Have you had itchy, watery eyes lately? Or, do they come about at certain times of the year?
You may have red eyes.
Red eyes occur when the part of your eye that’s usually mostly white turns red or pink. That’s because the tiny blood vessels within your eye have become inflamed or dilated.
In addition to the color of the eye changing, your eyes may also itch, burn, or produce tears.
The simple solution to irritated red eyes is to find out what the cause is, and then avoid that trigger.
How Do You Get Red Eyes?
Red eyes have more than a dozen potential causes. Some of the more common causes include:
- Swimming. Specifically, wear goggles to protect your eyes while swimming in a chlorinated swimming pool.
- Allergies. Irritants both indoors and outdoors can cause unwanted reactions. Indoors, you contend with pet dander, dust, perfume, smoke, and mold, among other things. Outdoors, pollen from grass or trees can cause red eyes. Additional allergic reactions can include sneezing and a stuffy nose.
- Pink eye. Conjunctivitis is the most common eye disease. It is contagious and common among children. However, not all forms of red eyes are pink eyes.
- Broken blood vessels. When the blood vessels burst beneath the surface of your eye, they trap the blood inside your eye, giving your eye a red appearance. Even though it looks nasty, it usually doesn’t hurt. Your blood vessels may break from an intense sneeze, heavy lifting, or rubbing your eye too hard.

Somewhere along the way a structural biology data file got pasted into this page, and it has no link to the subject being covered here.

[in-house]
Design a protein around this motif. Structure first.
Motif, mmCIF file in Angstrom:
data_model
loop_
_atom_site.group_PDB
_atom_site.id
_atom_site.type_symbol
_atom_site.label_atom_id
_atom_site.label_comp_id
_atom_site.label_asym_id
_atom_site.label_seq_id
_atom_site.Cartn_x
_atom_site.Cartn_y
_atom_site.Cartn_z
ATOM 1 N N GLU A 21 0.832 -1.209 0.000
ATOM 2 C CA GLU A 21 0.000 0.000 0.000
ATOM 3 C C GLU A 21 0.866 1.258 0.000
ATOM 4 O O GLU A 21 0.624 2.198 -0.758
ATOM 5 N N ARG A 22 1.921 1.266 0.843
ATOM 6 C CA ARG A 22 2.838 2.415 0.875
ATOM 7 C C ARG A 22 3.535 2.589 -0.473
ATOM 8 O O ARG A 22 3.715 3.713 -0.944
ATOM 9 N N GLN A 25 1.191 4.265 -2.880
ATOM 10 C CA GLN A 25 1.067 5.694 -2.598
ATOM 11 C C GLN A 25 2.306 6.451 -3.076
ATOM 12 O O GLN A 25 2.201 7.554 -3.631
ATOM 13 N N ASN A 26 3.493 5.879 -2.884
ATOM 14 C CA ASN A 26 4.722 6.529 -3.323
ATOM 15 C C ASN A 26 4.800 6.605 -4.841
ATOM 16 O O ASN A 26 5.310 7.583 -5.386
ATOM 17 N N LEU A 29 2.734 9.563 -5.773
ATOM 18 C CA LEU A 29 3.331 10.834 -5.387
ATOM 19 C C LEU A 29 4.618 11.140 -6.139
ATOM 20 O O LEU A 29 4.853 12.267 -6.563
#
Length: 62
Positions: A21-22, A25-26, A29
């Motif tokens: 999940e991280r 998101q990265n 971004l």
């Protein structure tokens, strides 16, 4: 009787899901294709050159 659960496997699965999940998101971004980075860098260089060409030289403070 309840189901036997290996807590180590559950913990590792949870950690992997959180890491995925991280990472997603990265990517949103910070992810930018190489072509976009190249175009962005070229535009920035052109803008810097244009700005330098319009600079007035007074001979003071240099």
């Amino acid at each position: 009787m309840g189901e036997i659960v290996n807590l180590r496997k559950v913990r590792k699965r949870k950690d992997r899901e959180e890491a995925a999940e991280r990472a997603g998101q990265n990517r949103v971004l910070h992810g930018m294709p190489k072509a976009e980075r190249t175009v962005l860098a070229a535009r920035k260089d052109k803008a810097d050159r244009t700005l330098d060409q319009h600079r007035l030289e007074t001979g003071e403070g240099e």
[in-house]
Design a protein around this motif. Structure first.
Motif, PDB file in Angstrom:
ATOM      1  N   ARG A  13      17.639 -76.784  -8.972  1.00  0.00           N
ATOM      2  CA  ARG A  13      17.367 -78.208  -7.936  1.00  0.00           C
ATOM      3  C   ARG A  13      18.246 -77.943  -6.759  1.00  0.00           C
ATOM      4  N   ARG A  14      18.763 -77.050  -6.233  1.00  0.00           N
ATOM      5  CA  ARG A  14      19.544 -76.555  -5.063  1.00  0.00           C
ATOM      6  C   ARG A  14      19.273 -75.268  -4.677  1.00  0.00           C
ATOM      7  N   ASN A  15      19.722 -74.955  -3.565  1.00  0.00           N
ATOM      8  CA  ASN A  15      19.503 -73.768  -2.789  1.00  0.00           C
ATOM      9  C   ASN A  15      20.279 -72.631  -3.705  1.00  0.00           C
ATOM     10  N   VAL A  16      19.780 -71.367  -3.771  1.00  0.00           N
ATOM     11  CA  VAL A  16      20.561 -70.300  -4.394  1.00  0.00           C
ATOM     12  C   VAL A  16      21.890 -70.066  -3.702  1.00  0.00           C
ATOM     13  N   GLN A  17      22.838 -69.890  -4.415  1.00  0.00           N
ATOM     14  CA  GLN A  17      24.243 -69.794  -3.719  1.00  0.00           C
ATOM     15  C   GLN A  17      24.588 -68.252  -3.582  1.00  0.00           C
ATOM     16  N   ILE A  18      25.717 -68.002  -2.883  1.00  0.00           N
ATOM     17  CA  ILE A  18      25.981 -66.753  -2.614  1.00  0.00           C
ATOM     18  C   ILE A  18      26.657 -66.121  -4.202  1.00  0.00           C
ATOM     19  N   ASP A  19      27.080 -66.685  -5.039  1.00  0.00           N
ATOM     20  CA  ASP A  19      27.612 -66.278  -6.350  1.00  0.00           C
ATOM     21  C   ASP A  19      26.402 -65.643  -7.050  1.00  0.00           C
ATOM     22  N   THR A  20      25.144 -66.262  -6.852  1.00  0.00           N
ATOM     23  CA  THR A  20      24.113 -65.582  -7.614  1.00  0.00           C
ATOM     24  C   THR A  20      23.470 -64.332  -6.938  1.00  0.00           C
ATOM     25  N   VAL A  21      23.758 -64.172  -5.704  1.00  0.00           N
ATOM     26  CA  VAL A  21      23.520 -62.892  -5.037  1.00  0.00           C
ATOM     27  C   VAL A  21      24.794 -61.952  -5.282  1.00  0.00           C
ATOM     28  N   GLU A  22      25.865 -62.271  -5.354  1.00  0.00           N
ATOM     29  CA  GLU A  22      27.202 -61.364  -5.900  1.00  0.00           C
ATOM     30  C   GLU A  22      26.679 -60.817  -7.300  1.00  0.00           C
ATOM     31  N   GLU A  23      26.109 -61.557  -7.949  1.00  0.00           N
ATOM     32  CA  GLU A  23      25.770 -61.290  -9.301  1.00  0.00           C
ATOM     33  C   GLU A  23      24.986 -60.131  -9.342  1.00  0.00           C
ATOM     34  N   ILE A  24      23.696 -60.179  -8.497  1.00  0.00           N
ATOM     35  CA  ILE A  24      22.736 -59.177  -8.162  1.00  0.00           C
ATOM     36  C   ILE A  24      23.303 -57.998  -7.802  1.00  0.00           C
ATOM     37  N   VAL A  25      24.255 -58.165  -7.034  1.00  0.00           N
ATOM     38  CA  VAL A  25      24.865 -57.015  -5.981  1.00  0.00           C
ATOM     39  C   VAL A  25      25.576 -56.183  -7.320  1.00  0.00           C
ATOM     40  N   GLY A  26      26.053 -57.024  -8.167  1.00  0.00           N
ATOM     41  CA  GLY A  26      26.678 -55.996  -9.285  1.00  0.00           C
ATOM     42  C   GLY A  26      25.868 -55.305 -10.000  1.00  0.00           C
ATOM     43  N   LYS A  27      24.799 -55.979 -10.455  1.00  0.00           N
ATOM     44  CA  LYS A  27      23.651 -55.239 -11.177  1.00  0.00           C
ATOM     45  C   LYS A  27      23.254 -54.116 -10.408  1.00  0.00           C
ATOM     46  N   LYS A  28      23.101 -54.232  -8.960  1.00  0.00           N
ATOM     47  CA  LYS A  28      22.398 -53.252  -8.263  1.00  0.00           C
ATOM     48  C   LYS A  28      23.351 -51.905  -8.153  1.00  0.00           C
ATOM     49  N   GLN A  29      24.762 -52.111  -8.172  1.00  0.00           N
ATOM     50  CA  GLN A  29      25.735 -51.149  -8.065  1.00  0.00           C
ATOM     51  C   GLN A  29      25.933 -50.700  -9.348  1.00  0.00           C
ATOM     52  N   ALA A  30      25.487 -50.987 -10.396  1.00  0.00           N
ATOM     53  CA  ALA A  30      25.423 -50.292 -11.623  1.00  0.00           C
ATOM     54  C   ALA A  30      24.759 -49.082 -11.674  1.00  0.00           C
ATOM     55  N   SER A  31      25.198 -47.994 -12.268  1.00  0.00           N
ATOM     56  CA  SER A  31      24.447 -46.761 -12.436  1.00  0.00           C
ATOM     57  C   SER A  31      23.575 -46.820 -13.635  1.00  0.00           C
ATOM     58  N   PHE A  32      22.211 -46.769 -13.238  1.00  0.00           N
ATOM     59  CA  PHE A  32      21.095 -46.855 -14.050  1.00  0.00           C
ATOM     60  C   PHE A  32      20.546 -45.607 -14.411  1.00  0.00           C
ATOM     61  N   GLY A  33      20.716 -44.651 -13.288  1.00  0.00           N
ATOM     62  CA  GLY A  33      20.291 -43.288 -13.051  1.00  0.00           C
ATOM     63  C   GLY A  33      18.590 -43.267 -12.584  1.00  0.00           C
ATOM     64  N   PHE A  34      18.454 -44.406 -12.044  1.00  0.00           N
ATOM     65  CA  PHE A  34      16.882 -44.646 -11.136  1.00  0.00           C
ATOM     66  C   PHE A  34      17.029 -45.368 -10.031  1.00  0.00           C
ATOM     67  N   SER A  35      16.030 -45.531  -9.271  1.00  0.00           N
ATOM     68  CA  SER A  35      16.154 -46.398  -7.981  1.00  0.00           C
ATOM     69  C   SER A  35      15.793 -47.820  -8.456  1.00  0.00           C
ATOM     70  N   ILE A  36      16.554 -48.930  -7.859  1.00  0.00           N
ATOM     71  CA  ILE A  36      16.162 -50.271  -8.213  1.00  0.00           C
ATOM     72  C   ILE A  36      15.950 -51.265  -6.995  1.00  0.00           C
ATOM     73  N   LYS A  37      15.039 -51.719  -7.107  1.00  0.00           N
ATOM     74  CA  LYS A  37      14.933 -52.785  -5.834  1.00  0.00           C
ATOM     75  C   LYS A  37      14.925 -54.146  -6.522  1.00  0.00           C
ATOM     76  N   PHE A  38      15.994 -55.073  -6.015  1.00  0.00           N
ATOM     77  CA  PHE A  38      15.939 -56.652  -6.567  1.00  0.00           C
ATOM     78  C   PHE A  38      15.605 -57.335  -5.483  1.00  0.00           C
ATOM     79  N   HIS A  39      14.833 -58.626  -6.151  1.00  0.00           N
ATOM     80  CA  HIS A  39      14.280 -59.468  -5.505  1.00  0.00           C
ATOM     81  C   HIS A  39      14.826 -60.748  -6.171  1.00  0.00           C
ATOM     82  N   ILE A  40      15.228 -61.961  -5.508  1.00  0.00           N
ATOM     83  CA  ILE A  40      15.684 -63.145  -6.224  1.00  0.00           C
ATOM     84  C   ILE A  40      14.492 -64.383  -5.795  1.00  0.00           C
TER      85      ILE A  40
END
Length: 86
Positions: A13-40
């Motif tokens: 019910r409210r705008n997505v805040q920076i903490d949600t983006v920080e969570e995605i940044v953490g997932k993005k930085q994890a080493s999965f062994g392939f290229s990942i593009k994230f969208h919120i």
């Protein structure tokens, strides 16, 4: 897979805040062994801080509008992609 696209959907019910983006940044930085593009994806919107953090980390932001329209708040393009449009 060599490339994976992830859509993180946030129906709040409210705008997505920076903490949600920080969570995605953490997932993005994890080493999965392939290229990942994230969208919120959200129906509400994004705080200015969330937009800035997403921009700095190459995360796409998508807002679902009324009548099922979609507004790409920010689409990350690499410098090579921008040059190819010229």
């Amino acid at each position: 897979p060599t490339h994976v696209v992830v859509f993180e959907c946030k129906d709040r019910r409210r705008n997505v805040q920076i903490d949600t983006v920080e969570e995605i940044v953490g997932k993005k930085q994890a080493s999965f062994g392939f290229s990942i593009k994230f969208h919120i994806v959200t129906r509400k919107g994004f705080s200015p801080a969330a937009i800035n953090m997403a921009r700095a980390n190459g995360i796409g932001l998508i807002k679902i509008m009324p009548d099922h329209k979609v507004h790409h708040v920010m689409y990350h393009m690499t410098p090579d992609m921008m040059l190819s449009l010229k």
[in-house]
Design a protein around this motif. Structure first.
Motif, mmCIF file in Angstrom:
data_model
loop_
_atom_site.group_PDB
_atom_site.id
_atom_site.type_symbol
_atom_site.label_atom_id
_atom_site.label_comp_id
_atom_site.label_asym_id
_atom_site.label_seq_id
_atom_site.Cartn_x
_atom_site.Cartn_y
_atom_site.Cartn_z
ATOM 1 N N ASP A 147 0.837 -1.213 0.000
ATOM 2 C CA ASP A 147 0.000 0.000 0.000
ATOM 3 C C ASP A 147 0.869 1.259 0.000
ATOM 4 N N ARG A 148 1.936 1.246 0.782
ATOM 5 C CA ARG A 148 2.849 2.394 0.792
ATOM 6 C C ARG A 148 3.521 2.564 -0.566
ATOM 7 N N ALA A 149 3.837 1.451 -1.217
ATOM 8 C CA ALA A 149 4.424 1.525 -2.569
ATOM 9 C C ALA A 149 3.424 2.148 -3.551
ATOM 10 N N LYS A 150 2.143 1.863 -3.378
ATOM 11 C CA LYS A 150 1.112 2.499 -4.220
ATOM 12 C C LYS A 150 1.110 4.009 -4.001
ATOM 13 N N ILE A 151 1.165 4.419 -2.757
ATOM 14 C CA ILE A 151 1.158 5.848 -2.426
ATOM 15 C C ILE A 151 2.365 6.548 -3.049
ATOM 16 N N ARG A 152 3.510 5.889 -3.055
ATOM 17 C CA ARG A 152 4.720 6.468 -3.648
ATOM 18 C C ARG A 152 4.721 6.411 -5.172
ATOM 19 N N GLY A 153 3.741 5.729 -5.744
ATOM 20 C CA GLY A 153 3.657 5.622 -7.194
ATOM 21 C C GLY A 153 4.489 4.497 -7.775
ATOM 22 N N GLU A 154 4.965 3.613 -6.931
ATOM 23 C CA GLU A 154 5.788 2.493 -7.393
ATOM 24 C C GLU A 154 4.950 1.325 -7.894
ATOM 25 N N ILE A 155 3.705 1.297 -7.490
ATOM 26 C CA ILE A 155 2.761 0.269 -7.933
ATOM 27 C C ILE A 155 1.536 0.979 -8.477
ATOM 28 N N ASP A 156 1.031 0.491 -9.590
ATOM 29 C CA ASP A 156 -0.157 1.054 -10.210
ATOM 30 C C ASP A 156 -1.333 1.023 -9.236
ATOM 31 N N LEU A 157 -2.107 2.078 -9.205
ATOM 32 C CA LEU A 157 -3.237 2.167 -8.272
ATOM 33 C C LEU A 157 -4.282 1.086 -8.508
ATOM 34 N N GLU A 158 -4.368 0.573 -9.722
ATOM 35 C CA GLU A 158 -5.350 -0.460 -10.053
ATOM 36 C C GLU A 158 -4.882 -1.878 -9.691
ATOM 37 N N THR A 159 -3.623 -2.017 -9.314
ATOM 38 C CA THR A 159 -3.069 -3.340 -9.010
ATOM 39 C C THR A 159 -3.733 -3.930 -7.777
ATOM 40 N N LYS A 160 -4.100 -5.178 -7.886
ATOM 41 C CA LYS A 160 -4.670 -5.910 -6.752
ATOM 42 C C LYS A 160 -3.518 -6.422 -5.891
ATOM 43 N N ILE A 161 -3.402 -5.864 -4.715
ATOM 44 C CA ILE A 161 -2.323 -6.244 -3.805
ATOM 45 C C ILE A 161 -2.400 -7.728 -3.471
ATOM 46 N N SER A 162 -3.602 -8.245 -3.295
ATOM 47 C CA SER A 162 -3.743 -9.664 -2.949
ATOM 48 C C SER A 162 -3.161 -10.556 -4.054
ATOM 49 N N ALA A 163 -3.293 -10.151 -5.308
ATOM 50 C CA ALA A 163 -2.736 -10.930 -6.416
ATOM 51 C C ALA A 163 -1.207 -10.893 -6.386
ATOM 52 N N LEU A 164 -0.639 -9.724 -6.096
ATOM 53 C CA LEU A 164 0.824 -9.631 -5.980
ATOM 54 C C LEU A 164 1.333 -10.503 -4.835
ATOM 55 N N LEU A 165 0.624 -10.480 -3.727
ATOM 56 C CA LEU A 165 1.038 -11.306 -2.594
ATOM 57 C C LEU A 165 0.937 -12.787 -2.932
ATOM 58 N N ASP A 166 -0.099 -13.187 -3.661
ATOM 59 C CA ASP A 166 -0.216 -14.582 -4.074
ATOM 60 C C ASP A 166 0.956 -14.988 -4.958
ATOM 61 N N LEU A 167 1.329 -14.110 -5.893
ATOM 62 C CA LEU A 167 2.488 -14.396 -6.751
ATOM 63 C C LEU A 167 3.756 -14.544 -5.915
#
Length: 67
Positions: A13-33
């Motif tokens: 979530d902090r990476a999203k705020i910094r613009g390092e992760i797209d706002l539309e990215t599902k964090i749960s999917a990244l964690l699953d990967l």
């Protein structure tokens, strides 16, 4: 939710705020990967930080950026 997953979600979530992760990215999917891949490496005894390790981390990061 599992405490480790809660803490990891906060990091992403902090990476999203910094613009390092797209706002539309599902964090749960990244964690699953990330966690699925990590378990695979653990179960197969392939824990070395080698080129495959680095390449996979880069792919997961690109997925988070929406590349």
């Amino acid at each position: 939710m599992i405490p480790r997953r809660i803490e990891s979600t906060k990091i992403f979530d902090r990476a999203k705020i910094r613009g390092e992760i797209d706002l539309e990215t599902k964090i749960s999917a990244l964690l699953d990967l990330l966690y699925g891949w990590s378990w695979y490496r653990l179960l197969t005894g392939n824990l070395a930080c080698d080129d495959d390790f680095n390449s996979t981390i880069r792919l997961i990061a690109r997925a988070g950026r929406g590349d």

- Dry eye. If tears evaporate too quickly or can’t be made at all, your eyes may turn red from becoming dry. They may also feel gritty or like they burn. Dry eyes can cause pain, ulcers on the cornea, and maybe even vision loss.
- Glaucoma. Glaucoma happens when fluid builds up and puts pressure on the front part of your eye, damaging your optic nerve. Even though it’s painless, glaucoma is a leading cause of blindness.
How Can I Treat Red Eyes?
Red eyes usually can be treated with some basic methods.
- Use eye drops to wash and moisten the affected eyes, but not so much that the eyes become dependent on them.
- If you have seasonal allergies, use an antihistamine. If you’ve previously been diagnosed with red eyes, use antihistamine drops with a steroid.
- Soothe your eyes by closing them and placing a cool compress or washcloth over them.
- Protect against triggers by wearing goggles, or avoid triggers altogether.
- Wash your hands often, and remember to use clean bedding and towels every day.
If you experience more serious symptoms of a red eye, such as pain, sensitivity to light, a sudden change in vision, nausea or vomiting, pink eye, or swelling in the eye, please contact your eye doctor.
You should also see your eye doctor if symptoms of red-eye last for more than a week.